B. Couldn't matter still be an instrument or tool God uses in bringing about our ideas? Philonous responds

C. Couldn't matter still be the occasions of our perceptions. That is, God alone causes our ideas, but the presence/nonpresence of matter determines what sorts of perceptions and ideas God creates in us. This would explain the regularity and orderedness of our perceptions. Philonous responds:

XIV. Immaterialism contra Skepticism (end of second dialogue and beginning of third)

A. At this point, the entire Lockean picture has been dismantled. Nothing remains of the external objects or matter supposed by Locke and Hylas

B. Hylas still sticks to his belief in matter. He suggests that unless sensible things can be understood as things existing outside the mind, they have no reality at all.

C. Here we see how Hylas' positions leads to skepticism. For him knowledge is knowledge of matter, however

D. Philnonus charges Hylas with being irrational. He doesn't even seem to mean anything by "matter" at all. Yet, he'd sooner accept skepticism than to abandon the idea that if sensible things are real, they must exist independent from minds.

E. This very notion of matter--that sensible objects are not the very things we see and feel--is a bizarre invention of philosophers. No wonder people like Hylas and Descartes are pushed towards skepticism.

F. Philonous's position gets around skepticism

XV. Objections to Immaterialism and Philonous' Replies

(some are skipped)

O1: Suppose you were annihilated. Wouldn't that mean that everything you perceived would cease to exist. For that matter, don't the things you perceive cease to exist when you turn your head?

R1: They could still exist in some other mind. And since God always perceives everything, the objects of sense continue to exist with or without me, and regardless of where I turn my head.

O2: Isn't the doctine of Esse est Percipi contrary to common sense?

R2: Ask ordinary people and you'll find that they believe in those things and only those things perceived by sense. And they think what they see or feel are the very things themselves. They certainly don't believe in some philosophical material substratum that no one can see or feel.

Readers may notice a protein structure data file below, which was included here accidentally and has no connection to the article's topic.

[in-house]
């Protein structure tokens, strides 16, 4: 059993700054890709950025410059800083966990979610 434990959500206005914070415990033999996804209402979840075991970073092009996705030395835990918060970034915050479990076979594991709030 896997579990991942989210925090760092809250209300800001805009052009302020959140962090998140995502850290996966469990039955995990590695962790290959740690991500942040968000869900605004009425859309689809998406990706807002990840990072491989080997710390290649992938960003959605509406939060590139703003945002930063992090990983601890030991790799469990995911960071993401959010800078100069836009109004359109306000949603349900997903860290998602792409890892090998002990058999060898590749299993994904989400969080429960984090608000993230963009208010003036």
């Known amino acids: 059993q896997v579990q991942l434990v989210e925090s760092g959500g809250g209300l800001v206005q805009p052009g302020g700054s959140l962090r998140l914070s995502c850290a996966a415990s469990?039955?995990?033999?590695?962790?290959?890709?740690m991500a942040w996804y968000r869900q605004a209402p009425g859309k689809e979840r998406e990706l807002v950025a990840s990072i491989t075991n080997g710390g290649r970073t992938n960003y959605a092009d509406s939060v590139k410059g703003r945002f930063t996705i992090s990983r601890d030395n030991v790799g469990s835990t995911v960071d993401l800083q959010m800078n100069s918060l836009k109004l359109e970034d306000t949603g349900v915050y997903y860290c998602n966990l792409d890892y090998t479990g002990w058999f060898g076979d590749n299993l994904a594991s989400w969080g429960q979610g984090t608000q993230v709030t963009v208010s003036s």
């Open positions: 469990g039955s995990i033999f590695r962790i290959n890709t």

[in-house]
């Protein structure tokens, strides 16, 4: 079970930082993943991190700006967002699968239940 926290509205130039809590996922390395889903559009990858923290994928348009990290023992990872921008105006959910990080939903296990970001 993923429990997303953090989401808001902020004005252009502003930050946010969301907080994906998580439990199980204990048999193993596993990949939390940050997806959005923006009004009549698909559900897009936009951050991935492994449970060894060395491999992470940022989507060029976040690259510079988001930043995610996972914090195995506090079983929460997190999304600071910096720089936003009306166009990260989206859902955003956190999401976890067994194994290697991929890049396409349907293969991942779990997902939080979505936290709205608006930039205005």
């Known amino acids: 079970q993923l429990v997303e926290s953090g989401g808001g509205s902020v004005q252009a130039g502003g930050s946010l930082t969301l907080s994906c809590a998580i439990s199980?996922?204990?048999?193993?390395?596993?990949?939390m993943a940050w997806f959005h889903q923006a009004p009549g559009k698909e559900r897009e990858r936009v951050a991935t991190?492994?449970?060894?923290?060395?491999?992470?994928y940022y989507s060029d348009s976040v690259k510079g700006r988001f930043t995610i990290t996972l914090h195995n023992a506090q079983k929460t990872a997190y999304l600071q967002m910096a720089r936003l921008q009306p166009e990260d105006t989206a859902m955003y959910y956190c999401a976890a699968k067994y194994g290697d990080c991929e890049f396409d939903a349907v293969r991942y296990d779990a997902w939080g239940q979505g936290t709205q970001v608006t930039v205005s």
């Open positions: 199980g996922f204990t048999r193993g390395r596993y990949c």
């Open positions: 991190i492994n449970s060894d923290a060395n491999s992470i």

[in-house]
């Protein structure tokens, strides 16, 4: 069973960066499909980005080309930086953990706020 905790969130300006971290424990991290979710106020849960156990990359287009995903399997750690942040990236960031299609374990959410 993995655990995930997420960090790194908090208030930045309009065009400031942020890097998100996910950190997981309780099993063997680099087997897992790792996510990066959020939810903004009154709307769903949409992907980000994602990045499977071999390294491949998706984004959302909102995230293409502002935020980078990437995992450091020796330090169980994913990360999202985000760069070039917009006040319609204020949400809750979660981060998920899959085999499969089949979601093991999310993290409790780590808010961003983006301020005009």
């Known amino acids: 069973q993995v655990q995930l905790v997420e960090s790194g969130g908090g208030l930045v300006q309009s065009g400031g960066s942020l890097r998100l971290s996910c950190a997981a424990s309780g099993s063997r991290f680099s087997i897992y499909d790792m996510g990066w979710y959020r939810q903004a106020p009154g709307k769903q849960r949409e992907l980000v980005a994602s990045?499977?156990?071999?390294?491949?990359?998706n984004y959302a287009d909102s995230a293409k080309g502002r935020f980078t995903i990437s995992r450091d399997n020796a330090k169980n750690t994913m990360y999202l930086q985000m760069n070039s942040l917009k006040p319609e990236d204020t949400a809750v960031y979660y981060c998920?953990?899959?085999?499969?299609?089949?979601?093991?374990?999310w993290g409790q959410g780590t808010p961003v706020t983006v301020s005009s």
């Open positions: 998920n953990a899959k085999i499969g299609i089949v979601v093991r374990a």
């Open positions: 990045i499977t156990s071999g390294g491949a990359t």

O3: According to immaterialism, what could be the difference between "real" things and things formed in the imagination or in dreams?

R3: Well, it's true that all of these things are ideas. But there are differences. Things in dreams and imagination are dim, irregular and confused. They only exist in my mind. They are only perceiable by one sense. "Real things" are vivid and clear. They exist in other people's minds as well as mine. They are perceivable by more than one sense.

O4: Doesn't it sound weird to say that there are only minds or ideas?

R4: It may sound strange, but it doesn't mean anything strange. It just means that there are only things perceiving and things perceived.

O5. If God causes all our ideas, doesn’t that make God the author of murder, sacrilege, adultery and other sins?

R5. Even people like Descartes and others who invoke matter as secondary cause, matter or occasion have this same problem. It's no objection to immaterialism in particular. Moreover, it's not the ideas that constitute outward physical acts that are morally wrong. Sin is the internal deviation of the will from God's commands. We are responsible for our own volitions.

O6. If immaterialism is true, then aren’t oars that look crooked in water really crooked? And isn’t the moon really just a flat circle of a tiny diameter? Are people who think these things actually mistaken at all?

R6. Such people are not about what they actually perceive. Insofar as the oar is just a collection of ideas, it is in one sense really bent . The mistake comes in with the inferences they make from these ideas--by infering that the oar will still be bent if pulled out of the water or that if we were looking at the moon from a very different location that it would still look the same.

O7. If we get our ideas of pain from God, doesn’t that mean that God feels pain, and thus does not exist in a perfect state of being?

R7. It's true that God has to have some idea of pain. He understands and is aware everything, including pain. But this doesn't mean that God's idea of pain is the same sort of feeling that we have. God just directly knows what pain is. He doesn't need to perceive it or suffer it the way we do.

O8. Why would God deceive us into believing in matter if there is none?

R8. God hasn't deceived anyone. God would only be guilty of deception if God said that matter existed in scripture (which he didn't) or has made it so evident that no could help belieiving it. But the existence of matter is not made evident to all by God. The belief in matter is an obscure theory concocted by philosophers.

O9. If things are just certain perceptions, then how can the same thing be perceived so differently, for example, with the naked eye and with a microscope? Similarly, since we don’t have access to other people’s ideas, how can two people ever perceive the same thing?

R9. Technically, we're having different perceptions when we look at something with the naked eye and with the microscope. So in that sense, strictly speaking, we're seeing different things. But language has been constructed so that different ideas are collected together under a single name--otherwise we'd never get anywhere. And yes, strictly speaking, we only see our own ideas. Still, since my apple-ideas and your apple-ideas are similar, even identical, it is convenient to consider them the same thing for the sake of language.